Stack Overflow is a community of 4.7 million programmers, just like you, helping each other.

Join them; it only takes a minute:

Sign up
Join the Stack Overflow community to:
  1. Ask programming questions
  2. Answer and help your peers
  3. Get recognized for your expertise

I am new to objective-c and have been trying to work on this problem for the past 2 and a half hours. So far I was able to have some success and my app can start searching for the user's location as soon as the app is launched.

I then setup a delegate for CLLocationManager based off of this advice:

"Add the syntax to declare that this class (the ViewController.h/m) is adopting this particular protocol. By default, any other classes that create an instance of this class will also automatically adopt the protocol.

@interface ViewController : UIViewController <CLLocationManagerDelegate>

The line of code listed above shows the syntax used to show ViewController adopts the CLLocationManagerDelegate protocol. We simply add it between angled brackets <> in the @interface line in the header."

So I successfully added the above line inside my ViewController.m and ViewController.h file, and then I also followed that same tutorials advice of:

"The full method is:

- (void)locationManager:(CLLocationManager *)manager didUpdateLocations:(NSArray *)locations 

and when implemented it tells the delegate that new location data is available. We have two arguments on this method. The first lets you know which CLLocationManager provided the update and the last provides the CLLocation information which is stored in an NSArray."

Below is all of my ViewController.h code and then next wll be my ViewController.m code:

#import <UIKit/UIKit.h>
#import <CoreLocation/CoreLocation.h>

@interface ViewController : UIViewController <CLLocationManagerDelegate>

@property (nonatomic, strong) IBOutlet UILabel *gpsLabel;



Here is my ViewController.m code:

#import "ViewController.h"
#import <CoreLocation/CoreLocation.h>

@interface ViewController () <CLLocationManagerDelegate>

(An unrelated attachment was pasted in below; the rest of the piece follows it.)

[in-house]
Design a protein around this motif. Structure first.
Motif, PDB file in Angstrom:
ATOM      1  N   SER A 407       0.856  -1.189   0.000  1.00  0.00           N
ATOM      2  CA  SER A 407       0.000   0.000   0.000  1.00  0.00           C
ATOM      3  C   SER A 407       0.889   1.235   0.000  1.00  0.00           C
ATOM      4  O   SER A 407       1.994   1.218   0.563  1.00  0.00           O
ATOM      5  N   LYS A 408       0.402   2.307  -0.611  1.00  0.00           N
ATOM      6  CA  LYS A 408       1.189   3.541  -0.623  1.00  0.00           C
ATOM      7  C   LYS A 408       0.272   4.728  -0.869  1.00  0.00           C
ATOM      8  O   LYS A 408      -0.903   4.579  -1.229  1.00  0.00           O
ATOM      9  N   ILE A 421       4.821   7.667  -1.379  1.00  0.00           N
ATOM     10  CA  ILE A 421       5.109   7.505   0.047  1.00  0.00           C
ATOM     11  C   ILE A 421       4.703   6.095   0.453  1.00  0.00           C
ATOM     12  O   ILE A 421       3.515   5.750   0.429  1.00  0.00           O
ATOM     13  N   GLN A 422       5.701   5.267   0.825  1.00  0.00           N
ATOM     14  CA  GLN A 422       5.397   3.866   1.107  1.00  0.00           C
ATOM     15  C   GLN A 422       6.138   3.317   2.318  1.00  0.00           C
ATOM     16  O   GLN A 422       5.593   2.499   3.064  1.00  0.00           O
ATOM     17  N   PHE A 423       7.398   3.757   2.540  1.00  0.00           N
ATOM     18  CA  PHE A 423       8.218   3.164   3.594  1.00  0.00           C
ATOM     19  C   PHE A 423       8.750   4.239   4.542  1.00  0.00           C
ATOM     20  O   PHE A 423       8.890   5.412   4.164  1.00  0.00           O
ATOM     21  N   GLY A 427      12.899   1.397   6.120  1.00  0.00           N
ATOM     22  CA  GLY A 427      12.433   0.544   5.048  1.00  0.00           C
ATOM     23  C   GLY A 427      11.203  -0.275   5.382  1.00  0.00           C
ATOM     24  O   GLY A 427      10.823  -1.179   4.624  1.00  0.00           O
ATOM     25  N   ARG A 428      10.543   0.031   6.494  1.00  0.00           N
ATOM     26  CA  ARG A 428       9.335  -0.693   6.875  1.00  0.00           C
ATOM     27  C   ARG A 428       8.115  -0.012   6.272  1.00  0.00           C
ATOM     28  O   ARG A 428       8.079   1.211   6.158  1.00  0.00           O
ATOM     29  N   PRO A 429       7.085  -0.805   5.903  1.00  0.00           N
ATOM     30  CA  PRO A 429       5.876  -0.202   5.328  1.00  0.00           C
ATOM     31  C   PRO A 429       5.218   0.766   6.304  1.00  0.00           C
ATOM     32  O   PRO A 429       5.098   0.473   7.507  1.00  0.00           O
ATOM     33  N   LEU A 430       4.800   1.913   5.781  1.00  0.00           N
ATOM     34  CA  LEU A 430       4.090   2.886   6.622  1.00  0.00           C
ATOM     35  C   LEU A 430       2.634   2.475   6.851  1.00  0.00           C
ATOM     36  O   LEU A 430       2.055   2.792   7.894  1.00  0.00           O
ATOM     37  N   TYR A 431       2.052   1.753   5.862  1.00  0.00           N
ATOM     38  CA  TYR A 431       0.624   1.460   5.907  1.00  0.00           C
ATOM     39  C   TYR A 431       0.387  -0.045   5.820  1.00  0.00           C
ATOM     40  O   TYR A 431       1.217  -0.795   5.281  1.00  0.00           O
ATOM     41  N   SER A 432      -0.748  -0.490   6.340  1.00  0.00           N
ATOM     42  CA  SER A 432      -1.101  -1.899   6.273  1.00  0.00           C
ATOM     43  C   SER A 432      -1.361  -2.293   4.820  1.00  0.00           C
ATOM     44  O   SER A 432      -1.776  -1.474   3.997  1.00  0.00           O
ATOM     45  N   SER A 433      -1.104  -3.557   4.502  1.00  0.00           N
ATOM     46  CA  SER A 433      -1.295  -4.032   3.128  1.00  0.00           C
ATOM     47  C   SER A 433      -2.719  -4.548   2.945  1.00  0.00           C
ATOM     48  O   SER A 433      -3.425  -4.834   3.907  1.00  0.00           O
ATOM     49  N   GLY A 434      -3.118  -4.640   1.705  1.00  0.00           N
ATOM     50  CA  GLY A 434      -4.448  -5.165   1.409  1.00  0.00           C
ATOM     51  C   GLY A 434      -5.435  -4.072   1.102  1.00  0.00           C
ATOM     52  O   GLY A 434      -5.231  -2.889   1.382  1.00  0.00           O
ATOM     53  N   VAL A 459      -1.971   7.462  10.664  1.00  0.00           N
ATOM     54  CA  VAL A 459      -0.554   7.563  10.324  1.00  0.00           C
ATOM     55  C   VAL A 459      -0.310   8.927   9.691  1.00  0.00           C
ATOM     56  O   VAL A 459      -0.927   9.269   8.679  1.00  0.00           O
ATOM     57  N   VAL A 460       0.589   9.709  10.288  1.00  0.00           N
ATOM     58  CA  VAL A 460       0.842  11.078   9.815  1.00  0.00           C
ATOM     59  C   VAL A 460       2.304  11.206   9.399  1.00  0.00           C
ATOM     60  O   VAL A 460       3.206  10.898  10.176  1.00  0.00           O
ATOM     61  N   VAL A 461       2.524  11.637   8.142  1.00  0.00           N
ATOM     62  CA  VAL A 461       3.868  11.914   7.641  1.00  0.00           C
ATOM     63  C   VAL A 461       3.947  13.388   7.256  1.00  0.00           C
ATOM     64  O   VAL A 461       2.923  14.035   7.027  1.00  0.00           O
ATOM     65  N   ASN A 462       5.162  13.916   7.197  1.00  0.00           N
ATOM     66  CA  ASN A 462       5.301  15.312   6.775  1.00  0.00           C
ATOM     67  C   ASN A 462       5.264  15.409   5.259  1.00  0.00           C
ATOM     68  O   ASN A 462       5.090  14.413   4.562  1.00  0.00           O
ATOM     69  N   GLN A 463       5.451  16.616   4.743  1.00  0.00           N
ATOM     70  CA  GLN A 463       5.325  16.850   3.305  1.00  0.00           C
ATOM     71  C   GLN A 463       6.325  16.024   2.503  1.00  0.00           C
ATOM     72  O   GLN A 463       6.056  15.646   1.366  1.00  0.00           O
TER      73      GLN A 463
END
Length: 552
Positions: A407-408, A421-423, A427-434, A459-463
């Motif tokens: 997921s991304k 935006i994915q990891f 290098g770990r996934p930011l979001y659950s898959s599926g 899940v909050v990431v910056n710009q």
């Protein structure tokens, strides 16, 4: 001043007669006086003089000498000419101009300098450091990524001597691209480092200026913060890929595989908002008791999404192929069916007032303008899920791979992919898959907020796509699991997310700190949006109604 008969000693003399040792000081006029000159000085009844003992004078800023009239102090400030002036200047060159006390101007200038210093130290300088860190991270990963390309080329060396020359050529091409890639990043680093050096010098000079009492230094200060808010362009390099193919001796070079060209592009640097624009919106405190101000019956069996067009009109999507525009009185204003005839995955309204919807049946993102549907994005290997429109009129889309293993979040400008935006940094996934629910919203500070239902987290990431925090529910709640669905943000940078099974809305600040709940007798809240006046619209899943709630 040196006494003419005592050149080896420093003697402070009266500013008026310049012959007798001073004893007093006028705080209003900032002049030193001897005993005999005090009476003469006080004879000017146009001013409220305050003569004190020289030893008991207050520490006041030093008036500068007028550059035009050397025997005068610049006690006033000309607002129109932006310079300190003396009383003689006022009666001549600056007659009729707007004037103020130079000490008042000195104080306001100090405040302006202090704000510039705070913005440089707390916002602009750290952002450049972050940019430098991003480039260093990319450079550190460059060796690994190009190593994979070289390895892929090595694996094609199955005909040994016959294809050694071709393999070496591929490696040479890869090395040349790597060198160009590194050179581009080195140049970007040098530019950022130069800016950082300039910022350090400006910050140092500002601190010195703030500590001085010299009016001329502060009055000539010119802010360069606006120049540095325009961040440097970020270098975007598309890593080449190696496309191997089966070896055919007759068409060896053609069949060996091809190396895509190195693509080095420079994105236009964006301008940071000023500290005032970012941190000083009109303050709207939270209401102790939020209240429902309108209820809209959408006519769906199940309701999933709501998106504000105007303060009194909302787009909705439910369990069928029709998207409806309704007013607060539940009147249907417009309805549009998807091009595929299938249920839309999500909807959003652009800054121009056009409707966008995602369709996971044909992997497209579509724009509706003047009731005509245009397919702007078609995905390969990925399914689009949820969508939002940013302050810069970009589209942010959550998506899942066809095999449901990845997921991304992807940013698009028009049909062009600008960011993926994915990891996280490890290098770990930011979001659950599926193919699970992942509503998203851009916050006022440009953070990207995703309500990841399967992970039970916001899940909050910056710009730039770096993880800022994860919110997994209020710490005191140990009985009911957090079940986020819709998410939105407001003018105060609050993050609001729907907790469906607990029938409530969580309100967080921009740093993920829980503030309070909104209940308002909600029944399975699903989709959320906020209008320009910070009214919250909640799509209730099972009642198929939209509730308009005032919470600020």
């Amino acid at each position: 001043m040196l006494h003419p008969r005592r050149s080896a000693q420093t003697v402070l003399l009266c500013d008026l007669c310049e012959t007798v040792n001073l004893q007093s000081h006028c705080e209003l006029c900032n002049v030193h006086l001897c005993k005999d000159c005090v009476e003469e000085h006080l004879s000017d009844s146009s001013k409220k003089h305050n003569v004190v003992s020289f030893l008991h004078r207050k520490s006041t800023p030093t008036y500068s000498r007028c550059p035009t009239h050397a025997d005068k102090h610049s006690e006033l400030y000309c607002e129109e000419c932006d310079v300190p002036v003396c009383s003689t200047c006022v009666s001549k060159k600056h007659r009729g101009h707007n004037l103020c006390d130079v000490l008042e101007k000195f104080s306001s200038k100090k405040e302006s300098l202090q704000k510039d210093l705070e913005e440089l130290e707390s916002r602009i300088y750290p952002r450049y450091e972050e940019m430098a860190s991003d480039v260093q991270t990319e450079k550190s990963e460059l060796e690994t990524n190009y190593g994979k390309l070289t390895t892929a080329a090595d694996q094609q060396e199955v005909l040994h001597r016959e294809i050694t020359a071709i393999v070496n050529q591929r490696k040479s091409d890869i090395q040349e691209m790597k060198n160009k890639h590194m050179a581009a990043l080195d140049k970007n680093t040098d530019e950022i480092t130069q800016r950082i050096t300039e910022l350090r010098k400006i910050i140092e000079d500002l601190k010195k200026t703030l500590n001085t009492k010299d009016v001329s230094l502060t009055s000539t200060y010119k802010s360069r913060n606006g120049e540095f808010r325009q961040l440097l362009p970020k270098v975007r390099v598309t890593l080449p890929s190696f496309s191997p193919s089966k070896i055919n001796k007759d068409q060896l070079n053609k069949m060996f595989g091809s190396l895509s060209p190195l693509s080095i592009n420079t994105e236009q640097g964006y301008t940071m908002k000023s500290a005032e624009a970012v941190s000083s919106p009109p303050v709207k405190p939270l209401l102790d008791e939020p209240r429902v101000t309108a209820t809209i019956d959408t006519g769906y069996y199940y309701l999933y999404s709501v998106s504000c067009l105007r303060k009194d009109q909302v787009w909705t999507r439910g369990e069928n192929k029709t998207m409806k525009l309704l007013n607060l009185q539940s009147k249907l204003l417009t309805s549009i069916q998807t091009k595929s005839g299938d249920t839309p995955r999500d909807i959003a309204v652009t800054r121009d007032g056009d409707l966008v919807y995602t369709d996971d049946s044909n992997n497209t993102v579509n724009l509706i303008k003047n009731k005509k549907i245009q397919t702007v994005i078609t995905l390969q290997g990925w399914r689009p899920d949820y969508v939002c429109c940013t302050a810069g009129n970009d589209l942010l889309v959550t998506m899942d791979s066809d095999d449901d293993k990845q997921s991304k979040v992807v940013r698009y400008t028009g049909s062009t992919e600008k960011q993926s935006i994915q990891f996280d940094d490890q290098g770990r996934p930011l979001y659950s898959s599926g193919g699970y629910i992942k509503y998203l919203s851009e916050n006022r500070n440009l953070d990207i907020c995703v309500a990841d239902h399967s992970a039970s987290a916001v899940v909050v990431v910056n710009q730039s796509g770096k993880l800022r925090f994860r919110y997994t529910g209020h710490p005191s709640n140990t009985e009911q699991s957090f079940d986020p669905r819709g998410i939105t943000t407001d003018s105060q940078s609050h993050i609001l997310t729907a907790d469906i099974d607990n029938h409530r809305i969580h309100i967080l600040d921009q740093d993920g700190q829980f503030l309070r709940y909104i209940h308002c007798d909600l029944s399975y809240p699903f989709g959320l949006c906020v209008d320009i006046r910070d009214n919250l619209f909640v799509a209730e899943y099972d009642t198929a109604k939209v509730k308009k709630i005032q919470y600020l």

@property (nonatomic, strong) CLLocationManager * gpsLM;

-(void)locationManager:(CLLocationManager *)manager didUpdateLocations:(NSArray *)locations;


@implementation ViewController

- (void)viewDidLoad

[super viewDidLoad];

self.gpsLM = [[CLLocationManager alloc]init];

[self.gpsLM startUpdatingLocation];


- (void)didReceiveMemoryWarning
[super didReceiveMemoryWarning];
// Dispose of any resources that can be recreated.



-(void)locationManager:(CLLocationManager *)manager didUpdateLocations:(NSArray *)locations {



I am confused on where to go from here. Assuming I am even doing everything correctly so far(am I?), then how do I access the location data that has been stored in the NSArray object called locations?

Thank you for the help.

share|improve this question
up vote 2 down vote accepted

Welcome to the iOS community!

First, you'll probably find it helpful to look at the CLLocationManagerDelegate reference, under the heading for the locationManager:(CLLocationManager *)manager didUpdateLocations:(NSArray *)locations method. The important bit here is:

locations: An array of CLLocation objects containing the location data. This array always contains at least one object representing the current location. If updates were deferred or if multiple locations arrived before they could be delivered, the array may contain additional entries. The objects in the array are organized in the order in which they occurred. Therefore, the most recent location update is at the end of the array.